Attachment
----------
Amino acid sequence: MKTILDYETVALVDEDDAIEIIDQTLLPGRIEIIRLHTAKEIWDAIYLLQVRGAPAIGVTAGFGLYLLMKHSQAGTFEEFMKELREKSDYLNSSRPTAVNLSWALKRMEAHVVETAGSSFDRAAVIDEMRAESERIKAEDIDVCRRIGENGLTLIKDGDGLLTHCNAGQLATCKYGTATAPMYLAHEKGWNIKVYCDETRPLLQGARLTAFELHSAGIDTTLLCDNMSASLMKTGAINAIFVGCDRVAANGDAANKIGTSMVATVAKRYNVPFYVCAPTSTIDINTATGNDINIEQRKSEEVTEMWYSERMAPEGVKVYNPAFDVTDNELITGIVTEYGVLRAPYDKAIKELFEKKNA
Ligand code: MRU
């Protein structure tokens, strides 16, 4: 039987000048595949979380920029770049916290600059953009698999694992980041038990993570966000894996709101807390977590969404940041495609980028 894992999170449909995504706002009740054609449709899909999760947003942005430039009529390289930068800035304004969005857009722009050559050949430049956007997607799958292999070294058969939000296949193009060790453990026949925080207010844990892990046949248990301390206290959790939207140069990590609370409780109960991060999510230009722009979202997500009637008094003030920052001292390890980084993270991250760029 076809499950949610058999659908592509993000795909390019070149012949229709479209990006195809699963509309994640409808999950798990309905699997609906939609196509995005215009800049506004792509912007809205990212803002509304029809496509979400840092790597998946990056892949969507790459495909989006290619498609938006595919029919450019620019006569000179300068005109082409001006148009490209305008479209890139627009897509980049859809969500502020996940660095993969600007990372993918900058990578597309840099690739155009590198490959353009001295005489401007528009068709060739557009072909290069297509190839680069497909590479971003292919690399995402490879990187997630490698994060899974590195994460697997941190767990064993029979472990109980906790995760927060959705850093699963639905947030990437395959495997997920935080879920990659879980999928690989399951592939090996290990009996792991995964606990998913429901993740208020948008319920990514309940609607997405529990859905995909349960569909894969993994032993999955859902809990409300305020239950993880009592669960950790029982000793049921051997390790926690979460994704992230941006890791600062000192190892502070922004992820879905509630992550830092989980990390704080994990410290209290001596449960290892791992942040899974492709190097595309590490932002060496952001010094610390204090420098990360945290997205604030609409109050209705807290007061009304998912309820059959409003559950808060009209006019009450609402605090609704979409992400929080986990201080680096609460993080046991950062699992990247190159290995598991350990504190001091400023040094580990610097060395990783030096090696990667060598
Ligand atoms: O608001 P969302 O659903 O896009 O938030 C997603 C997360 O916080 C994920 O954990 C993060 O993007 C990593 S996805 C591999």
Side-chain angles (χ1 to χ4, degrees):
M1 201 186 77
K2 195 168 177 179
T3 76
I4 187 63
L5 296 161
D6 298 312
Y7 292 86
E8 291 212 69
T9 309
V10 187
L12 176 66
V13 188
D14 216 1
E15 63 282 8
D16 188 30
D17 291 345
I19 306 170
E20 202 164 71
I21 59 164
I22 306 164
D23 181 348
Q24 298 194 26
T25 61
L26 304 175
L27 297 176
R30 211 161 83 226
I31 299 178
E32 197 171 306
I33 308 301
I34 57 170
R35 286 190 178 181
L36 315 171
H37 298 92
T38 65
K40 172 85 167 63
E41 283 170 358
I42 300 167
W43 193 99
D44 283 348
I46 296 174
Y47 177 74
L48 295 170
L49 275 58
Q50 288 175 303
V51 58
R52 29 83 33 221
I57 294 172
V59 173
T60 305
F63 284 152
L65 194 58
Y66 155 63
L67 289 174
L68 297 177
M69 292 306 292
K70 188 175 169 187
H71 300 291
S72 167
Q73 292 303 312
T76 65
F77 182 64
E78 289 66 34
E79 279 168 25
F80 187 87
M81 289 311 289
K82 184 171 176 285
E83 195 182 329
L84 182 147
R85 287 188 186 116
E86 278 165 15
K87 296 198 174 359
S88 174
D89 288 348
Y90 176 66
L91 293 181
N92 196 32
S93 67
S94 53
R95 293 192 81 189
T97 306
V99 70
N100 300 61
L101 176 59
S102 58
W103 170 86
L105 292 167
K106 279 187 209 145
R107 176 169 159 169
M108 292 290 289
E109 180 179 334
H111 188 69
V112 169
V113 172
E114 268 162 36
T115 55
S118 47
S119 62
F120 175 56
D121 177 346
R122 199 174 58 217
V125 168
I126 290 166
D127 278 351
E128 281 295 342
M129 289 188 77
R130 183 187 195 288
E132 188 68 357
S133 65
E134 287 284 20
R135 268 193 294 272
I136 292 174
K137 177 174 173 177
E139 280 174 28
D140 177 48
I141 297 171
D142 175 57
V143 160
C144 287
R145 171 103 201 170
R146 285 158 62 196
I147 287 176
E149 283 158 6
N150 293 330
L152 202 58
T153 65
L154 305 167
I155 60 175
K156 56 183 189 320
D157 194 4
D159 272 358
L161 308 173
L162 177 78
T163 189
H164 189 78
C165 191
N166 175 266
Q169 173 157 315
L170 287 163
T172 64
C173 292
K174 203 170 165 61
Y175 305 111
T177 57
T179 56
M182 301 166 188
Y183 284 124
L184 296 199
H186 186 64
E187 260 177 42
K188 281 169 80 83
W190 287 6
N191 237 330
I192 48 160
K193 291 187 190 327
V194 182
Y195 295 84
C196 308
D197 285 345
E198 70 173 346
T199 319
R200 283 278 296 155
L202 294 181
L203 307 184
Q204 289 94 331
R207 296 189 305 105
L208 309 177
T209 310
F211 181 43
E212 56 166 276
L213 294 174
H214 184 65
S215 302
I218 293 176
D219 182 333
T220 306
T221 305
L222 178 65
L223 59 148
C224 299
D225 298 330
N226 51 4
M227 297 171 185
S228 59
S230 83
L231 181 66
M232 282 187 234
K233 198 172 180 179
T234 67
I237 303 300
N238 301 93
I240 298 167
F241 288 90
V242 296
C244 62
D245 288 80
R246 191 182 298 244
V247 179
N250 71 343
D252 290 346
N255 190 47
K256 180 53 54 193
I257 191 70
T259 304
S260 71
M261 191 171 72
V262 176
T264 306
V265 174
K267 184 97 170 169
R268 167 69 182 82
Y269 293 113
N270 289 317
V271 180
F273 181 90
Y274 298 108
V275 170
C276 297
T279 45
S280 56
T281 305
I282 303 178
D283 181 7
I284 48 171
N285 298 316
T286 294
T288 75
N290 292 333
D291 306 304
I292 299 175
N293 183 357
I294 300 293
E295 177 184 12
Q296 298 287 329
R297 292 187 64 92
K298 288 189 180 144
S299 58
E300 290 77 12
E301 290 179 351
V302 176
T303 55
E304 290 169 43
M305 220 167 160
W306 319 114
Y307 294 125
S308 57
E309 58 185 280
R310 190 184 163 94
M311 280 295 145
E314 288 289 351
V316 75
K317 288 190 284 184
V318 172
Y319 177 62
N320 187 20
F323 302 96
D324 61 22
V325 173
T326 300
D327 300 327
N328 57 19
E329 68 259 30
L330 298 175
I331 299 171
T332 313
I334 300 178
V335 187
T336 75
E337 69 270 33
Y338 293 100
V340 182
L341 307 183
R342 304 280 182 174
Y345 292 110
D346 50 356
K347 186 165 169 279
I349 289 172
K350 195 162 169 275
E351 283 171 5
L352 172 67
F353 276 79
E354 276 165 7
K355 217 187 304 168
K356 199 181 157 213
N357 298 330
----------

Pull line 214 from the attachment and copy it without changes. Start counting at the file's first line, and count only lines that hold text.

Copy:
K267 184 97 170 169